by Eric Vengroff, Financial Analyst
Yesterday, the municipalities of Mississauga and Markham voted to prohibit the opening private cannabis retail stores. Mississauga city council voted 10-2 against and Markham city council voted 12-1 against. These votes, strong majorities, representing the apparent broad support from the constituent voters, may be a reaction to the sudden changes to the regulations regarding retail cannabis store operation in the province. As originally set out by the previous Liberal-run Ontario government, only government-monopoly run Ontario Cannabis Stores, approximately 40 in total, were supposed to be built. The post-election loss by the Liberals, and election of the Progressive Conservatives, led by now-premier Doug Ford, saw this plan torched, presumably in the name of cost-saving, and will see the entrance of licensed private retail enterprises, with the stated objective of allowing the small entrepreneur to enter this potentially lucrative space.
Municipalities in Ontario have until mid-January to opt in or out of the new program. As the city of Toronto votes on the matter today, Mayor John Tory called for the right for municipalities to pile on additional restrictions and regulations to what promises to be an already regulation-heavy, burdensome administrative set of processes, systems and periodic reporting. Municipalities that may have similar concerns appear to be opting out for similar reasons, bypassing the one-time offer of cash from the province of $40 million for cannabis law enforcement.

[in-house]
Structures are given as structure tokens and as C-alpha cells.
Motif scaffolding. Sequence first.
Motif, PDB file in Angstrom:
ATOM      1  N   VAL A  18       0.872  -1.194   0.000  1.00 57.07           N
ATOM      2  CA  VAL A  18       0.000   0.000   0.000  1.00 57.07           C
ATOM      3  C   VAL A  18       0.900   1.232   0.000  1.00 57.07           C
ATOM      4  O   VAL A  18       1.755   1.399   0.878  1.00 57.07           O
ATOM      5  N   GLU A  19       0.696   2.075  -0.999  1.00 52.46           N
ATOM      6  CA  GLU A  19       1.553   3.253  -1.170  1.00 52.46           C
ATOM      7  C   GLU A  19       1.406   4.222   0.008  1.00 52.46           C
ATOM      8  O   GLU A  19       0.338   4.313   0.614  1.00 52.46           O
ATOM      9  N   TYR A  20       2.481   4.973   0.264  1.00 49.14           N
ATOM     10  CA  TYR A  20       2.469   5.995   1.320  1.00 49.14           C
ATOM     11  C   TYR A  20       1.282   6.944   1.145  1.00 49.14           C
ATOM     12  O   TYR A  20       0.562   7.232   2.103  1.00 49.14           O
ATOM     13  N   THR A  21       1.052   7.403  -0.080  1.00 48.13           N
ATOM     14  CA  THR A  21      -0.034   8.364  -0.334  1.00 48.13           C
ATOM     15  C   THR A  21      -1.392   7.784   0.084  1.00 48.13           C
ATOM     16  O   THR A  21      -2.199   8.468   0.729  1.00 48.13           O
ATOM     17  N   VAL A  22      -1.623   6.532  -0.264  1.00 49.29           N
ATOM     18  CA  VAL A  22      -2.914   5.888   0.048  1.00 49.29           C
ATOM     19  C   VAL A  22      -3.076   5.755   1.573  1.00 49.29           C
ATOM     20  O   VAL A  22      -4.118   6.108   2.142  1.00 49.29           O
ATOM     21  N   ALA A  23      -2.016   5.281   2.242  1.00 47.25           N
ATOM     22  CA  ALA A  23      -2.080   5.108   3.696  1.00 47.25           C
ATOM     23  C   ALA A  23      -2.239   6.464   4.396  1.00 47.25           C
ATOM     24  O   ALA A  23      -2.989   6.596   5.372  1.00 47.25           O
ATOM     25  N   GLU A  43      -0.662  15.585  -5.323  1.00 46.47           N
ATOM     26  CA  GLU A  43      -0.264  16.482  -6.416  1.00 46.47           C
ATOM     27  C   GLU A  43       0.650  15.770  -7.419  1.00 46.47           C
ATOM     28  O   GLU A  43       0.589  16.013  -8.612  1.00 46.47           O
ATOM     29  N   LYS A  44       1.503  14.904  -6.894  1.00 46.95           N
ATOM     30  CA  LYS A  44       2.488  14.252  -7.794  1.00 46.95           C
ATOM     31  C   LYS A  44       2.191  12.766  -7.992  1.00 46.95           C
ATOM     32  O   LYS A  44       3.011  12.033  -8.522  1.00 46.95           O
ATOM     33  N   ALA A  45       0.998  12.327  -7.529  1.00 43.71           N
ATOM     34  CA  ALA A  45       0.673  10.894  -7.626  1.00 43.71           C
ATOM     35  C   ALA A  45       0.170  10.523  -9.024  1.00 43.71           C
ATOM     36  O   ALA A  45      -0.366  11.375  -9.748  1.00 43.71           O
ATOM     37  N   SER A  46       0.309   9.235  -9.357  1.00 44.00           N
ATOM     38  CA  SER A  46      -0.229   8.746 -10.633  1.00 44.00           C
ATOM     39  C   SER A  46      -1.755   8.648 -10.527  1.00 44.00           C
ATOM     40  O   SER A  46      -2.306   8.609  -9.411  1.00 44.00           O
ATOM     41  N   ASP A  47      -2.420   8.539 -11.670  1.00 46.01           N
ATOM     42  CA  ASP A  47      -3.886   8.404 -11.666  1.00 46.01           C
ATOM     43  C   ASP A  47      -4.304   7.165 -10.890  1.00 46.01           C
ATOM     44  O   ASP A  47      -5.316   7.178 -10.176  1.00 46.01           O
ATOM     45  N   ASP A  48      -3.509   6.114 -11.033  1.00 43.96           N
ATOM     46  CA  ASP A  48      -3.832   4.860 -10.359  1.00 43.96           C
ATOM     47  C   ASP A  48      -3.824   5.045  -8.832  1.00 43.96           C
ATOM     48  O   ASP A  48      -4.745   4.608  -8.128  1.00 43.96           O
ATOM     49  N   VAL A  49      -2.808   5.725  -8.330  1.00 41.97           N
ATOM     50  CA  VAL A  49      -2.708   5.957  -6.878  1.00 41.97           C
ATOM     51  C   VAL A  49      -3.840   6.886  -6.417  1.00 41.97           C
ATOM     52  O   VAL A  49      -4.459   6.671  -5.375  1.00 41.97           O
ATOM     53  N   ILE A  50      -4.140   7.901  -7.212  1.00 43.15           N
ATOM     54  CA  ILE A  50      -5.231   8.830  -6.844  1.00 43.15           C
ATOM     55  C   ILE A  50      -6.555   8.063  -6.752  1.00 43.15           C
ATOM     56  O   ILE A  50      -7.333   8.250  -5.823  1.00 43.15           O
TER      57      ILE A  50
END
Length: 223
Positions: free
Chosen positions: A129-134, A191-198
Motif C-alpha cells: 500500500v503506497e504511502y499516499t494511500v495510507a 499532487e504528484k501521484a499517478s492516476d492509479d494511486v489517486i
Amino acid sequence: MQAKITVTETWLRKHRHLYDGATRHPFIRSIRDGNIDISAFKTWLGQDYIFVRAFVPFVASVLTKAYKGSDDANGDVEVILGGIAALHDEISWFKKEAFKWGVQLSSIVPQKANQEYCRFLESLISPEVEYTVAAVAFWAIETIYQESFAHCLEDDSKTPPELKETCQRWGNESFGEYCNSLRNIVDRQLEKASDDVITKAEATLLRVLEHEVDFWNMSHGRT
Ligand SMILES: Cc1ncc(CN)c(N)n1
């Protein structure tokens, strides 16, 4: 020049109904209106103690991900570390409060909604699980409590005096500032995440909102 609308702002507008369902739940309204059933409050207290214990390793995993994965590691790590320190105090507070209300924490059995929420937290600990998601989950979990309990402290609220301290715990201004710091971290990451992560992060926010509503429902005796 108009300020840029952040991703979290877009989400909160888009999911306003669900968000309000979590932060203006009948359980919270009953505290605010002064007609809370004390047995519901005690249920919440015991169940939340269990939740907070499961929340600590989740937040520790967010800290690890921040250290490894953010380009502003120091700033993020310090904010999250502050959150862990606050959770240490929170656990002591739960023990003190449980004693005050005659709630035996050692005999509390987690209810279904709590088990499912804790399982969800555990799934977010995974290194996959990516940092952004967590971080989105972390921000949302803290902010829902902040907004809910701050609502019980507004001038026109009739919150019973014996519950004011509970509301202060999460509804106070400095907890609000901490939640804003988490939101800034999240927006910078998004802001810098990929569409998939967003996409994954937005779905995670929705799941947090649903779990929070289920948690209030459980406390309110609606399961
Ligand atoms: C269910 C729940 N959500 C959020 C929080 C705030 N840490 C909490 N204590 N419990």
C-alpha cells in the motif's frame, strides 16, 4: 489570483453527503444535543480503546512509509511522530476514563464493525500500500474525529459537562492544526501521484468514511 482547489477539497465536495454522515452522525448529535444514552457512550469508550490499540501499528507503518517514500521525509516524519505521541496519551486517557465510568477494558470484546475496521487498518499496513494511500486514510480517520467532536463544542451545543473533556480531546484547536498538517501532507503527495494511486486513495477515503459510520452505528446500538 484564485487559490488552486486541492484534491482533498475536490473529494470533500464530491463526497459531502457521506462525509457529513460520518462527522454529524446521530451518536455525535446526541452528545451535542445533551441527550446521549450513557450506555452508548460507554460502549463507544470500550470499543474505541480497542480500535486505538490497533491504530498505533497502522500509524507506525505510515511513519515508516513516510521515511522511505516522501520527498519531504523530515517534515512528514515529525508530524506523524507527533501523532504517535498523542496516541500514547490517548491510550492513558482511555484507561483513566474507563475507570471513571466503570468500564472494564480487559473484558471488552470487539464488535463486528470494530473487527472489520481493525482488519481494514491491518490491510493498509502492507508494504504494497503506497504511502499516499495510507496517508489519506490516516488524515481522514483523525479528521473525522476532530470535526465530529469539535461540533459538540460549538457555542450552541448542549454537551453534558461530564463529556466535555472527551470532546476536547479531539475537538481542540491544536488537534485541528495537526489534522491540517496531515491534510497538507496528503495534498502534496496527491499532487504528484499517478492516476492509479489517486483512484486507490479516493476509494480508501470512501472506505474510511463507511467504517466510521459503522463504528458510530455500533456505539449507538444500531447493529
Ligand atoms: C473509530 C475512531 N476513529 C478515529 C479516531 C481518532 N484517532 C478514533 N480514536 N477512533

The generally-stated and oft-repeated feelgood statements of keeping cannabis off the streets and out of the hands of young people, or even letting them see names of retail outlets where it will be sold appears to be the rationale of the votes. It is feared by those that voted in favour of retail stores that neither objective will be accomplished. There are no checkpoints to gain access to these cities and residents will be free to travel to other areas in the GTA, albeit at greater inconvenience, and bring pot, in legal quantities into the area. The thought process also appears to completely sidestep the issue of illegal cannabis entering the municipality, as it most likely already does, without providing any resources or plan to combat it.
In light of the money on the table and the economic incentives to encourage legal commerce in this area, it appears to the writer that these municipalities are needlessly cutting themselves out of future economic opportunity, and if or when they decide to enter the space, they will do so at greater cost to their residents. This was covered in a previous piece, Dry Counties.